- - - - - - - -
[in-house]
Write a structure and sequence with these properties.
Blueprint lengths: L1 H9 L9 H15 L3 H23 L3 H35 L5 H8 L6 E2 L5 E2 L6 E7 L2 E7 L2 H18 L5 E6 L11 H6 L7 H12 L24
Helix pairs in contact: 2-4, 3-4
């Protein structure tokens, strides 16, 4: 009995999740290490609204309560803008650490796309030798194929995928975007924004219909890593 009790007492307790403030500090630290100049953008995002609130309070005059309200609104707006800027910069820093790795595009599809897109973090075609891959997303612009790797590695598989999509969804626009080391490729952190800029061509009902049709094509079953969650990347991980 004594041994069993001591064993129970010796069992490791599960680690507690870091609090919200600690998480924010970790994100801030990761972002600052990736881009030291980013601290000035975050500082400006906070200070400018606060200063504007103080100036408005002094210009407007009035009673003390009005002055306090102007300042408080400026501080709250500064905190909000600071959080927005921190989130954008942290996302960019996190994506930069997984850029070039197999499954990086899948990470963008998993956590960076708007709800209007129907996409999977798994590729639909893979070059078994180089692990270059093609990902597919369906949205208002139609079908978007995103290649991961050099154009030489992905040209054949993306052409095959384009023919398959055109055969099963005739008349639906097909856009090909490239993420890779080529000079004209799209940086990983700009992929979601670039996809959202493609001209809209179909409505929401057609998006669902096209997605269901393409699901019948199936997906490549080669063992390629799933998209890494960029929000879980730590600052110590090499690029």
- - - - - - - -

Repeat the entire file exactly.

[in-house]
Write a structure and sequence with these properties.
Blueprint lengths: L1 H9 L9 H15 L3 H23 L3 H35 L5 H8 L6 E2 L5 E2 L6 E7 L2 E7 L2 H18 L5 E6 L11 H6 L7 H12 L24
Helix pairs in contact: 2-4, 3-4
């Protein structure tokens, strides 16, 4: 009995999740290490609204309560803008650490796309030798194929995928975007924004219909890593 009790007492307790403030500090630290100049953008995002609130309070005059309200609104707006800027910069820093790795595009599809897109973090075609891959997303612009790797590695598989999509969804626009080391490729952190800029061509009902049709094509079953969650990347991980 004594041994069993001591064993129970010796069992490791599960680690507690870091609090919200600690998480924010970790994100801030990761972002600052990736881009030291980013601290000035975050500082400006906070200070400018606060200063504007103080100036408005002094210009407007009035009673003390009005002055306090102007300042408080400026501080709250500064905190909000600071959080927005921190989130954008942290996302960019996190994506930069997984850029070039197999499954990086899948990470963008998993956590960076708007709800209007129907996409999977798994590729639909893979070059078994180089692990270059093609990902597919369906949205208002139609079908978007995103290649991961050099154009030489992905040209054949993306052409095959384009023919398959055109055969099963005739008349639906097909856009090909490239993420890779080529000079004209799209940086990983700009992929979601670039996809959202493609001209809209179909409505929401057609998006669902096209997605269901393409699901019948199936997906490549080669063992390629799933998209890494960029929000879980730590600052110590090499690029």